ACID databases as guarantee data safety

ACID (atomicity, consistency, isolation, durability) is a set of properties of database transactions intended to guarantee data validity despite errors, power failures, and other mishaps.


The transaction is a sequence of database operations such as select, insert, delete, or update as one single work unit.


Atomicity guarantees that each transaction is treated as a single “unit”, which either succeeds completely or fails completely: if any of the statements constituting a transaction fails to complete, the entire transaction fails, and the database is left unchanged.


Let’s look at an example of transferring money from one account to another. Both accounts have 1000 monetary units. In SQL syntax, it looks similar:

UPDATE account SET balance = balance - 100 WHERE id = 1;
UPDATE account SET balance = balance + 100 WHERE id = 2;

What will happen if your server broke after the first command? Money from the first account will disappear. I’m not sure that your customers will be happy after a similar event.

All right, how to resolve this problem? Swap these commands, and your customers will be happy. But one tiny problem, your company spent 100 monetary units. Okay, I’m kidding, special for such kind of issues was invented transactions. Let’s wrap code into transactions.

UPDATE account SET balance = balance - 100 WHERE id = 1;
UPDATE account SET balance = balance + 100 WHERE id = 2;

All commands within the transaction must be executed. Otherwise, if something happens between the commands, the data will return to its original state.

In case of failure, a rollback will be performed


Consistency ensures that a transaction can only bring the database from one valid state to another, maintaining database invariants: any data written to the database must be valid according to all defined rules, including constraints, cascades, triggers, and any combination thereof


For example, the balance field cannot be negative based on the database settings. After the transaction is completed, the field will not be negative (if the field becomes negative, then the transaction is not executed).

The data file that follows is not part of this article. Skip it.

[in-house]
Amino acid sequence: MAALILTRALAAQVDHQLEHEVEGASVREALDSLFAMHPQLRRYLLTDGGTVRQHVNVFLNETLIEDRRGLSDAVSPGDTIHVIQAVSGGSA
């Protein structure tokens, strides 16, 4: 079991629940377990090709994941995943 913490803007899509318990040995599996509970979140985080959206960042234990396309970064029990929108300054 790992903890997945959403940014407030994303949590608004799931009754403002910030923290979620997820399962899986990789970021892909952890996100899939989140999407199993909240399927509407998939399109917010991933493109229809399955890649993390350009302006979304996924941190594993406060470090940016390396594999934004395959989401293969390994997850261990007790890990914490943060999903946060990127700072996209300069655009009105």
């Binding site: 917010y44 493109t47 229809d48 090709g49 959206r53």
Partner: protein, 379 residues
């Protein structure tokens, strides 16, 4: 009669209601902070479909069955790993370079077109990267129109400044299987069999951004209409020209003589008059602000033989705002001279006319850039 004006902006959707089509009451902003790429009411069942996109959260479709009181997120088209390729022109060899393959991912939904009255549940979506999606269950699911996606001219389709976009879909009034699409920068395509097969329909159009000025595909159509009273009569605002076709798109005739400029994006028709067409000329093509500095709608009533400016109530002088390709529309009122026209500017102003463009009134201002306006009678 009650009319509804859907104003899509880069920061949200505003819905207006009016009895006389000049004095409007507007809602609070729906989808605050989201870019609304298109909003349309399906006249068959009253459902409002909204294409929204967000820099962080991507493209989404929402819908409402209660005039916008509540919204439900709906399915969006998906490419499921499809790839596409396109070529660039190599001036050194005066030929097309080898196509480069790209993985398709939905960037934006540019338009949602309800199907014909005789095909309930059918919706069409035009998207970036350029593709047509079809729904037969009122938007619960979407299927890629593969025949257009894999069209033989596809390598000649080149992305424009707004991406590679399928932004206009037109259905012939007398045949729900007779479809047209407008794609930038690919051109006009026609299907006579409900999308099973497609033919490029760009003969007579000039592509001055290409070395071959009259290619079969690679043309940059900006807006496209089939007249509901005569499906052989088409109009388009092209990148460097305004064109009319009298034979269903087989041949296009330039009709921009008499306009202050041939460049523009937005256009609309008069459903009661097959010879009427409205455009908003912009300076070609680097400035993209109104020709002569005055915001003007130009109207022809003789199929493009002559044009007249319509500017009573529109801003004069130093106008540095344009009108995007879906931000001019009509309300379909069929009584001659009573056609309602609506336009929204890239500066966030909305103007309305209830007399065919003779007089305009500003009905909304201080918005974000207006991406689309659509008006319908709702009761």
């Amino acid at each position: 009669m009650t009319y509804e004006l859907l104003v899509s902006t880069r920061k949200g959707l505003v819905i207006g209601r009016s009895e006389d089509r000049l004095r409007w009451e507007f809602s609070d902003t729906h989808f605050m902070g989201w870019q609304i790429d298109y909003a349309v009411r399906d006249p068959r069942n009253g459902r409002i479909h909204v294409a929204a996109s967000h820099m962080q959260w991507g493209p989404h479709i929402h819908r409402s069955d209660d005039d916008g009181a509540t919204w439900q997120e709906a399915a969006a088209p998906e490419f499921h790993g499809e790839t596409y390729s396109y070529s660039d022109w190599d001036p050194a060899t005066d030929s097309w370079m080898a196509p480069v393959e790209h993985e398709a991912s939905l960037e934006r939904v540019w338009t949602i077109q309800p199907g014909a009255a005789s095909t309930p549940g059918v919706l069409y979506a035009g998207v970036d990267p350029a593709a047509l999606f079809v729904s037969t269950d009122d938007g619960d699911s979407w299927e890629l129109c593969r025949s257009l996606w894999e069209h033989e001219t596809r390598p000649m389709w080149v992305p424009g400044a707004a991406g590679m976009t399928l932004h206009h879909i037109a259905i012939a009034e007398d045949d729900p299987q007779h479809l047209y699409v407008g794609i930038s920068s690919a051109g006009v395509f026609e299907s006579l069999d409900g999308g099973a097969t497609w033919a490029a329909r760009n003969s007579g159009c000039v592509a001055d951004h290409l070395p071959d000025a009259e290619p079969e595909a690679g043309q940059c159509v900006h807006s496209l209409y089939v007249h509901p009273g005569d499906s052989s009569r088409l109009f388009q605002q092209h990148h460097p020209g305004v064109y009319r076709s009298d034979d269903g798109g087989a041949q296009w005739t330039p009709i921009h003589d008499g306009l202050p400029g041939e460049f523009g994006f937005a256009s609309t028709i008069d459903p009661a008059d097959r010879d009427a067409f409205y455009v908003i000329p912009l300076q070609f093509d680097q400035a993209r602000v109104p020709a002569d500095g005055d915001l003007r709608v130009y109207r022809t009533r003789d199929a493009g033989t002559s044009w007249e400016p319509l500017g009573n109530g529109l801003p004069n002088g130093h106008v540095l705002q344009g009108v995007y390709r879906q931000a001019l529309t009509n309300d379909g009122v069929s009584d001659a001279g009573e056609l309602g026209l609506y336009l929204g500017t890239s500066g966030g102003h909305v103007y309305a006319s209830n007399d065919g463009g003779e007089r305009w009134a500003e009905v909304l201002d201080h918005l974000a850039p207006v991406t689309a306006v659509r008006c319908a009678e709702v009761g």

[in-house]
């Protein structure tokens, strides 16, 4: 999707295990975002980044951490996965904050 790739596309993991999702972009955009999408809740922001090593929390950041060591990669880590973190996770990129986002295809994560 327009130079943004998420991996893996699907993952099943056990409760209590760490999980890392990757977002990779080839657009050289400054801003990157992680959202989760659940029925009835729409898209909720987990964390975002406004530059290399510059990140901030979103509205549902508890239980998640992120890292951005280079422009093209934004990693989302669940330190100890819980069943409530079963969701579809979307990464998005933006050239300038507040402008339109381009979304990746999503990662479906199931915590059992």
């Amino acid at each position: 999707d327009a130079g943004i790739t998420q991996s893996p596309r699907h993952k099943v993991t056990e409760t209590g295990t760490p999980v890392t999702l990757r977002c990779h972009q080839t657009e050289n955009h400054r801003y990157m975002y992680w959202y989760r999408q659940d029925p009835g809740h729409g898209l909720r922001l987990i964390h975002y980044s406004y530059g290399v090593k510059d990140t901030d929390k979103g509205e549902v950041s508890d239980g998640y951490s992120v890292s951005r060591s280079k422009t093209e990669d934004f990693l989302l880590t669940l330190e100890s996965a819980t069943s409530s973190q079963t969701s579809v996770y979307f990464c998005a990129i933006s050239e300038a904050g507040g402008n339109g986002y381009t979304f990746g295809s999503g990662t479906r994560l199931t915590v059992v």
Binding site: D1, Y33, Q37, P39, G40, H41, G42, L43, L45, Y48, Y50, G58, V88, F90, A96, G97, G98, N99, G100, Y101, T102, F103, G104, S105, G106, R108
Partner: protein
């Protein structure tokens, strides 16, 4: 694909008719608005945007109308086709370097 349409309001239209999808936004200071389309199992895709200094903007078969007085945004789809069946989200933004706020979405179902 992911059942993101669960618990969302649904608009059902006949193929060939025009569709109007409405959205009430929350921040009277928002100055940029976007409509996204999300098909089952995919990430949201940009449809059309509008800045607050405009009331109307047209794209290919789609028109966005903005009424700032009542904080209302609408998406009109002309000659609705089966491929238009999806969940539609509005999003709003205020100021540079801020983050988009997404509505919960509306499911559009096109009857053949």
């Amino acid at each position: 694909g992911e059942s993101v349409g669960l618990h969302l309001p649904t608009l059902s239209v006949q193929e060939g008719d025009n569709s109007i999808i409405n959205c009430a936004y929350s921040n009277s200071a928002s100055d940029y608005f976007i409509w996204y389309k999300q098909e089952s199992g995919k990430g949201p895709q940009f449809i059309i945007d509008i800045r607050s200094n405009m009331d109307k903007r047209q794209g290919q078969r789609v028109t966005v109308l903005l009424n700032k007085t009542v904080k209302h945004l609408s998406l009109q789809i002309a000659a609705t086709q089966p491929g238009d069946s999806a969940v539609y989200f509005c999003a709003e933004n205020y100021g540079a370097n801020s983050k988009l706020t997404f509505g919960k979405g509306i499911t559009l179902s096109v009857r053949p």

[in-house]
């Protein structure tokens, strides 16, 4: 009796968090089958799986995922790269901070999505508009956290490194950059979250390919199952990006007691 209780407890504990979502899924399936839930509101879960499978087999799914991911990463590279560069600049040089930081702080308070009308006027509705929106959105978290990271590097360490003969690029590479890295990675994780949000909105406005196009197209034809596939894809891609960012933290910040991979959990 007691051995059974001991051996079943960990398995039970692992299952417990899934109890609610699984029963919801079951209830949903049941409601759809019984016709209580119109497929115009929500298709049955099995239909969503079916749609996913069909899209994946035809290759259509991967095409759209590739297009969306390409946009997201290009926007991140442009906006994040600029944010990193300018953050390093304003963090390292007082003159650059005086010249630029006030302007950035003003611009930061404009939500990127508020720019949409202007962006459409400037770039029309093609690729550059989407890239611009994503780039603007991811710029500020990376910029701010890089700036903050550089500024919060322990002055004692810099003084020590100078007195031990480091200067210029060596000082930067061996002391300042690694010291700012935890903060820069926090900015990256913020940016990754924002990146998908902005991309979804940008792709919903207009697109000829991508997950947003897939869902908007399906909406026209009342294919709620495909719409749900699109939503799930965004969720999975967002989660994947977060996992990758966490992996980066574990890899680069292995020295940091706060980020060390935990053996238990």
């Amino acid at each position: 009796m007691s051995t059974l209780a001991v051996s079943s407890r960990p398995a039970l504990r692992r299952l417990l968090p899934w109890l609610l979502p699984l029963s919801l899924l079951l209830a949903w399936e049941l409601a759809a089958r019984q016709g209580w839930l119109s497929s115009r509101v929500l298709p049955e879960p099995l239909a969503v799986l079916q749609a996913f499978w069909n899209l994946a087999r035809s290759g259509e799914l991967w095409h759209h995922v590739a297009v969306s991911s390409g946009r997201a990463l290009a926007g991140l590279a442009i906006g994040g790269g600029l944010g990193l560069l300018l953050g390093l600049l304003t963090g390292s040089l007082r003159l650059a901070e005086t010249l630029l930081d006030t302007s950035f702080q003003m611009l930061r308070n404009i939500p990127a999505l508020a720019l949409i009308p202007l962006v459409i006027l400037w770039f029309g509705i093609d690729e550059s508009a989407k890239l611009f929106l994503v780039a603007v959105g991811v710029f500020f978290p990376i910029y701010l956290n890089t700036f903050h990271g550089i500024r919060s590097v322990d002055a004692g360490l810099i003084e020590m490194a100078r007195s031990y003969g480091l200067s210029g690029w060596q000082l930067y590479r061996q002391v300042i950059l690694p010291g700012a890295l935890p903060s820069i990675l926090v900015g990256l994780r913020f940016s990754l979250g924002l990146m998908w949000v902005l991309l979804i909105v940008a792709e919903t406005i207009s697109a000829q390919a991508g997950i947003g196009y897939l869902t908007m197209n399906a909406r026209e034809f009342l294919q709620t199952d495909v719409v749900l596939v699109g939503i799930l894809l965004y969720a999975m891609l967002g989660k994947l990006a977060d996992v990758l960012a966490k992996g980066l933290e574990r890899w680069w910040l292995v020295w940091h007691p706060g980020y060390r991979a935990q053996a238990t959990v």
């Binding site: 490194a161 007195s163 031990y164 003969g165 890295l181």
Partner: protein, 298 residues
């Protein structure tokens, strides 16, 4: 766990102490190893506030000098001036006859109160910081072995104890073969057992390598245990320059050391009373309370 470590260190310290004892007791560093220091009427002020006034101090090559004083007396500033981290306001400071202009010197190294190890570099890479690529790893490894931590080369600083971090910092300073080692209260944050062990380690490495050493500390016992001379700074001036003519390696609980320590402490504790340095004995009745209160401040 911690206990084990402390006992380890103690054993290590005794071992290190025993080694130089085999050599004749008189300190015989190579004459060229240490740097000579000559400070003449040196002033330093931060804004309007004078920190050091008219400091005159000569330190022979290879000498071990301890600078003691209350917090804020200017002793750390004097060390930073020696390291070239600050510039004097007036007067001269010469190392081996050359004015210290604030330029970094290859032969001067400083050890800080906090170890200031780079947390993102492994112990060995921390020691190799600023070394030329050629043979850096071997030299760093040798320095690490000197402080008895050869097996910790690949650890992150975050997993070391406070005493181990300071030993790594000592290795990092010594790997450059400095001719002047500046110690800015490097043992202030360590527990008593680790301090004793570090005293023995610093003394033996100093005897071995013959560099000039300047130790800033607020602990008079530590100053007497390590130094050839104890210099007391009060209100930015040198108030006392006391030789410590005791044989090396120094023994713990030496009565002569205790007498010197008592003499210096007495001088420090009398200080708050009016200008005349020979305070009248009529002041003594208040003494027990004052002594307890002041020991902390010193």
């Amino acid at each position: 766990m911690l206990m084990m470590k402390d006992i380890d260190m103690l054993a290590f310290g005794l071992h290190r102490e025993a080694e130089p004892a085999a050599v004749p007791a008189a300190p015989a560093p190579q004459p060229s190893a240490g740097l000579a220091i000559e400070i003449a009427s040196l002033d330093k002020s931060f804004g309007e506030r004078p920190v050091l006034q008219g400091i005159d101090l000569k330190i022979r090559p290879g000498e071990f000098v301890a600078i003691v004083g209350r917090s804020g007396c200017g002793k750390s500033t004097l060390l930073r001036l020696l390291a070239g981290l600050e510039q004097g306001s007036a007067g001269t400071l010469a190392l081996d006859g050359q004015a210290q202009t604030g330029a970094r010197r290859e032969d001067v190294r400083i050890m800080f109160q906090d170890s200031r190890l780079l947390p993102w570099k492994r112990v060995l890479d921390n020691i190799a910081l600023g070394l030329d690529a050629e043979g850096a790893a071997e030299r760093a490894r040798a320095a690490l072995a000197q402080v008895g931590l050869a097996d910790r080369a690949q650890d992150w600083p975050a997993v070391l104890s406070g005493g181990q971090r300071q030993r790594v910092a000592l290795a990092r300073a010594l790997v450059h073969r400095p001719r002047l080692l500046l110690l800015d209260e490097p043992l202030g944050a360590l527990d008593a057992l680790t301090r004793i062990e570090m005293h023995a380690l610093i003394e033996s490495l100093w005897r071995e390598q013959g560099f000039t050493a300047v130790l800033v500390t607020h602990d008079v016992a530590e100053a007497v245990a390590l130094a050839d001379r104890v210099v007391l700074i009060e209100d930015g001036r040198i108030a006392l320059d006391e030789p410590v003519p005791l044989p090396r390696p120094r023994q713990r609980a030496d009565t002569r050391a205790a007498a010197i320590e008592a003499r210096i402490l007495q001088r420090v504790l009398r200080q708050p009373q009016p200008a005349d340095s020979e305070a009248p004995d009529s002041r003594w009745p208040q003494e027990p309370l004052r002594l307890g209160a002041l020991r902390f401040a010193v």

Okay, Let’s added to our balance column NOT NULL Constraint:

ALTER TABLE account MODIFY balance decimal NOT NULL;

And let’s try to run our transaction:

UPDATE account SET balance = balance - 100 WHERE id = 1;
UPDATE account SET balance = balance + 100 WHERE id = 2;


Isolation ensures that concurrent execution of transactions leaves the database in the same state that would have been obtained if the transactions were executed sequentially.


The crucial and hardest part of these properties. Actually, how will your transaction communicate with each other? All database engines have a configuration for this. Let’s dive into the main kind of isolations.

Let’s use the transaction to transfer money (were 1000 for both accounts by default) with another transaction for check balance for both accounts. Which result will for the second transaction selects?

SELECT balance FROM account WHERE id = 1;
SELECT balance FROM account WHERE id = 2;

I don’t know, and nobody knows. Why? Because in modern database engines, you can choose behavior for the whole database and each transaction.

The most popular isolation types:

  • Repeatable read
  • Read committed
  • Read uncommitted
  • Serializable

Repeatable read

Snapshot is a representation of data at a particular time, which remains the same even as changes are committed by other transactions. Used by certain isolation levels to allow consistent reads.

MySQL documentation

On the first read within a transaction, a snapshot is created. On subsequent reads, the data is taken from the snapshot and not from the real database. That would be means if you started reading in the 2nd transaction when the 1st transaction didn’t commit yet, then the 2nd transaction hasn’t known about the 1st transaction.

This isolation type always by default in the modern relational databases.

Read committed

2nd transaction can read data from 1st transaction if the 1st transaction is committed.

Read uncommitted

Also has known as dirty read. 2nd transaction can read data from 1st transaction even when the 1st transaction isn’t committed.


The clearest type of isolation. All transactions are lined up. It’s generally safe, but the performance is awful. All transactions for these data will be added to a queue and run one after one.


Durability guarantees that once a transaction has been committed, it will remain committed even in the case of a system failure (e.g., power outage or crash). This usually means that completed transactions (or their effects) are recorded in non-volatile memory.


Generally, after the COMMIT command, your entire transaction will be saved to persistent storage and guarantee your data integrity.


All relational databases must follow the AСID rules to produce the transaction mechanism. To use transactions, you need to understand how they work.


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